Up to 10% of the city's Covid-19 victims are destined to be buried on Hart Island, the city's Potter's Field. There are currently 780 unclaimed bodies in storage that will be brought to Hart Island unless claimed by family members. The 2,334 adults buried on Hart Island in 2020 is 1,000 more than in 1988, the peak year for AIDS burials on the island. (Haidee Chu, Rajaa Elidrissi, Jacob Geanous, Téa Kvetenadze, Cassidy Jensen, Josh Merchant, Savannah Tryens-Fernandes and Megan Zerez for The City, in collaboration with Columbia Journalism School's Stabile Center of Investigative Journalism)

The MTA increased subway speeds in 270 locations in the last year. The increases were thanks to 900 signals being digitized. According to the article, you'll notice the difference the most on the E, F, M, and R lines. (Stephen Nessen for Gothamist)

• It's gonna hit 70 degrees today! Let's take a review of NYC grilling rules and how to not start a fire. (Lauren Paley for StreetEasy)

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• If you hate things that don't look like cake, but still are, this bagel-and-lox cake is not for you. (Will Gleason for Time Out)

• 70 Willow Street in Brooklyn Heights is where Truman Capote wrote Breakfast at Tiffany's, In Cold Blood, and Brooklyn Heights: A Personal Memoir. There's no plaque, but if you're looking for a random walk to take this weekend, this isn't a bad place to visit. (Michelle Young for Untapped New York)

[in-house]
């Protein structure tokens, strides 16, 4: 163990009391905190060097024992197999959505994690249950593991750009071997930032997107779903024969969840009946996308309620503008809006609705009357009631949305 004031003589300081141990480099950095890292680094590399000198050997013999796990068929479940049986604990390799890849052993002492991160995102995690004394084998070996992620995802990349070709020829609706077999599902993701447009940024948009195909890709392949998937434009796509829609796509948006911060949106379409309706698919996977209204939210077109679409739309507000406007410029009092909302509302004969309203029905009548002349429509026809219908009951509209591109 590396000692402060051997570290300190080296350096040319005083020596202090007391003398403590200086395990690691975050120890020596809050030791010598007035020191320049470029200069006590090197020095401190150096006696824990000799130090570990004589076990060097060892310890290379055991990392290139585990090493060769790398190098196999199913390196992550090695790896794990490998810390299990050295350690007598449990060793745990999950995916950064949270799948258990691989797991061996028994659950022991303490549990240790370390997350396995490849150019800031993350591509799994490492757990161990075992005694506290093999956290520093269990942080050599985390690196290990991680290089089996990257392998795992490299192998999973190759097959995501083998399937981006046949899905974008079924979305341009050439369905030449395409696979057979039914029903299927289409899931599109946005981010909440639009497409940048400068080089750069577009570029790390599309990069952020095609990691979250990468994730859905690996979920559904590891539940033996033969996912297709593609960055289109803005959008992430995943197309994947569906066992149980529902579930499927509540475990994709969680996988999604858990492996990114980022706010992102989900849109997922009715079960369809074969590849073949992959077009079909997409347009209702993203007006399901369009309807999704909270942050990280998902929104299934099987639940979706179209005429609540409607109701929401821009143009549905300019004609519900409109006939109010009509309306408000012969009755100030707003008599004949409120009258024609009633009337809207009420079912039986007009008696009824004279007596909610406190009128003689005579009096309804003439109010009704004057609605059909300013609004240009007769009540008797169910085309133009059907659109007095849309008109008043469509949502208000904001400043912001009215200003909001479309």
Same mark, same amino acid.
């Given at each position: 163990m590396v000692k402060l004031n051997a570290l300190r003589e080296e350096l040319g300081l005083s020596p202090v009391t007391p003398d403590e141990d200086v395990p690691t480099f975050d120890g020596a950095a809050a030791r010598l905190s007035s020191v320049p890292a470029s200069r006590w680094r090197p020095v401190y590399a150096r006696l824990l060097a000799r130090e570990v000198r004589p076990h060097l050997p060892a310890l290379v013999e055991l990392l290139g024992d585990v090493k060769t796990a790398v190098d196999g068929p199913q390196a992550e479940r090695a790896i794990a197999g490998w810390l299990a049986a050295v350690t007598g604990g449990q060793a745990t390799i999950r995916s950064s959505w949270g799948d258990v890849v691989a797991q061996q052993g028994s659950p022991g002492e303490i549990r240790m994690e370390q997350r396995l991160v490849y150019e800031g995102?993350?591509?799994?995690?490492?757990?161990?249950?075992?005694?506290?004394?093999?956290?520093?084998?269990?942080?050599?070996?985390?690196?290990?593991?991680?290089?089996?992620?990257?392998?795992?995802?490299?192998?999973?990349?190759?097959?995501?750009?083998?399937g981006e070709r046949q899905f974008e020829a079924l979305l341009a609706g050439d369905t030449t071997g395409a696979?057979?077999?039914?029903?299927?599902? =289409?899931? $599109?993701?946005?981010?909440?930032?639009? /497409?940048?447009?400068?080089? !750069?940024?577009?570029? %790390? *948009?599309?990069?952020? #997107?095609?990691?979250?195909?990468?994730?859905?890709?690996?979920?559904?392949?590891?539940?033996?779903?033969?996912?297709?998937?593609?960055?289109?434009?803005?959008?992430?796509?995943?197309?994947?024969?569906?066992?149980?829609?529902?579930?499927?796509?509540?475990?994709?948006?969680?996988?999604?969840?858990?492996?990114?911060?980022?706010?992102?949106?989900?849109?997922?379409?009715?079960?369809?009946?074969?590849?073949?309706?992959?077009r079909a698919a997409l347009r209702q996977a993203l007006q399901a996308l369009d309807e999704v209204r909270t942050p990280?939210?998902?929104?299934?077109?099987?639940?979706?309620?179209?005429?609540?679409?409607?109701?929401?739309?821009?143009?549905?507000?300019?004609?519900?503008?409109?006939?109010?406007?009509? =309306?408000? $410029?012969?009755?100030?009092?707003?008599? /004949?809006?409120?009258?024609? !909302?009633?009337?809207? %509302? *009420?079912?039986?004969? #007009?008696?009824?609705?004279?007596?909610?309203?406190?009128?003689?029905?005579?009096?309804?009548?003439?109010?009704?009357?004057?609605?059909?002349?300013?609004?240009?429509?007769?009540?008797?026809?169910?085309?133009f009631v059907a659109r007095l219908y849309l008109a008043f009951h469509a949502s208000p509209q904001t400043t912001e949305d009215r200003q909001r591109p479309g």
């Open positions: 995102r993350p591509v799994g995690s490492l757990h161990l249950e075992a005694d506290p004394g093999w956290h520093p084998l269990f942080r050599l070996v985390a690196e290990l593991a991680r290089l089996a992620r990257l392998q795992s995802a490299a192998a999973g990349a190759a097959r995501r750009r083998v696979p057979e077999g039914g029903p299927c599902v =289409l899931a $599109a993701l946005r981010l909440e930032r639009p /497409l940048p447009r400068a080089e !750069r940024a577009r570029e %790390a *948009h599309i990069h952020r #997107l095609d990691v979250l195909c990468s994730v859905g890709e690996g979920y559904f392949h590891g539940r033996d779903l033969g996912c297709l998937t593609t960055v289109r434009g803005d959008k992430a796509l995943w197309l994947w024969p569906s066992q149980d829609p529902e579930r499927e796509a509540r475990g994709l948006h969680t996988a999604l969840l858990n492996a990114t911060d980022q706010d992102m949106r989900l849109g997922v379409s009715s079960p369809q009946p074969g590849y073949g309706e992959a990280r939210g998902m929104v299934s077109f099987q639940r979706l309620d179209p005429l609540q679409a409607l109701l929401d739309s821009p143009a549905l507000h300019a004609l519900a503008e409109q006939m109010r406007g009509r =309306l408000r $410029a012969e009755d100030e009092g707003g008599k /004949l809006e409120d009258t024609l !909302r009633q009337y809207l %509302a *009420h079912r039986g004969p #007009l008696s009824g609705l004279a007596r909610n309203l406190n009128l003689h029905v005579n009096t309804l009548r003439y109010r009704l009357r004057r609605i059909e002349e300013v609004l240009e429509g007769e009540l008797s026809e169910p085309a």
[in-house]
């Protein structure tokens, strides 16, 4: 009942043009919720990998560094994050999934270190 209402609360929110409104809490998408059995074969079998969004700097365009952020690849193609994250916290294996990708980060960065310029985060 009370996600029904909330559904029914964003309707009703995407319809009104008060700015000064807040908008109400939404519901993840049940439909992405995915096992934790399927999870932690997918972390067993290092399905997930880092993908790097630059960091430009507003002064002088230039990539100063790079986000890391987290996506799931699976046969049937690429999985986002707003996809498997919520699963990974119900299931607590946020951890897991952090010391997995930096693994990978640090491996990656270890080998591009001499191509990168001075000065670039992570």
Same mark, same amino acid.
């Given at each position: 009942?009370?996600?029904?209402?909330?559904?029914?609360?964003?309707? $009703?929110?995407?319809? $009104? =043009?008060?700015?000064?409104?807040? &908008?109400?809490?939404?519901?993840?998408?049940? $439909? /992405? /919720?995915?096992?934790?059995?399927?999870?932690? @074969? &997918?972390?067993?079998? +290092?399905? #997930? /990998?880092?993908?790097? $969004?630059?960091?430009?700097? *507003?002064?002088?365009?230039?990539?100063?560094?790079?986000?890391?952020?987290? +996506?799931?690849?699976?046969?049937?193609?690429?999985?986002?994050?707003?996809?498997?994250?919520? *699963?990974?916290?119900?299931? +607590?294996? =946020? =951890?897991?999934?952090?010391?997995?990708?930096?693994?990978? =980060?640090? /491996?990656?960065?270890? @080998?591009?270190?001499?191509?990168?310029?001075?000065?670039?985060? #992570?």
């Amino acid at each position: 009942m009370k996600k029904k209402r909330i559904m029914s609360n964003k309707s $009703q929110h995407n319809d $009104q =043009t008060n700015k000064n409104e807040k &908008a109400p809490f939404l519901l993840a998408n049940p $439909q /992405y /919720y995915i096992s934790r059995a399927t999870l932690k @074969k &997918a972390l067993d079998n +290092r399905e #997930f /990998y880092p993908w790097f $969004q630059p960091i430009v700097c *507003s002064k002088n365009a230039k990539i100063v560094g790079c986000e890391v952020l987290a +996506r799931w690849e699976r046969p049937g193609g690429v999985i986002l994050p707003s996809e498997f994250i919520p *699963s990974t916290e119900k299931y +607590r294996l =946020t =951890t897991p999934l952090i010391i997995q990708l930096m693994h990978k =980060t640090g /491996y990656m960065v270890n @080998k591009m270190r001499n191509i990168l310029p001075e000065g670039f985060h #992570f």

• How many pay phones are left in the city? Even less than you'd imagine because they've been disappearing in the East Village. One year ago the city announced a plan to remove 3,000 payphones. (EV Grieve)

"Walk Through the Midst Bloom" is a new "immersive exhibit," aka Instagram trap, that wants you to "leave this exhibit with a fresh outlook towards a better tomorrow." Yes, this is happening in Bushwick, how did you know? (Anna Ben Yehuda for Time Out)

• thanks to the federal stimulus, the MTA is resuming work on the Second Ave Subway extension to Harlem. (Dan Rivoli for NY1)

• Apartment Lust: A $2 million apartment in Gramercy with a roof terrace, vaulted ceilings, and an incredibly sleek look inside The Abbey. My guess is that the building is haunted since it was a former parish house built in 1888. (Dana Schulz for 6sqft)

• Coney Island Brewery has launched a program called Hops for Hospitality to raise money for the NYC Hospitality Alliance where $1 from every can, draft, 6-pack, or 12-pack will go to the organization. (Brew York)

Where to take a work-from-home snack break in Astoria. (Hannah Albertine for The Infatuation)

Franklin Park in Crown Heights is back! It announced a permanent closure in December and is now open seven days a week with outdoor seating. (Takay Warerkar for Eater)

• Attention allergy-havers: Pollen levels are expected to rise for the next week. Maybe our regular mask wearing will save us from our allergies? (Gus Saltonstall for Patch)

50% of Democrats don't know who they'll vote for in the upcoming mayoral primary, giving everyone plenty of opportunities to convince their friends not to vote for Andrew Yang or Eric Adams. (Katie Glueck for NY Times)

Carlos Menchaca has ended his mayoral bid. (Cindy Rodriguez for Gothamist)

How the mayoral candidates would handle homelessness from Gothamist's One Issue Explainer series. (Elizabeth Kim for Gothamist)

• After tossing their universally hated plan for Marsha P. Johnson State Park, the state is seeking design alternatives from the public to honor the late gay liberation activist and celebrate the LGBTQ+ movement in five public sessions. (Kevin Duggan for Brooklyn Paper)

Krispy Kreme is giving a free doughnut to the vaccinated. That's one free doughnut EVERY DAY through the end of the year. No, seriously. One free doughnut a day. (Rachel Sugar for Grub Street)

The 10 best plant shops in the city. (Rebecca Fishbein for 6sqft)

• The Hayden Planetarium Space Theater at the American Museum of Natural History re-opened at limited capacity this week. (Anna Ben Yehuda for Time Out)

Featured Pet: Toby!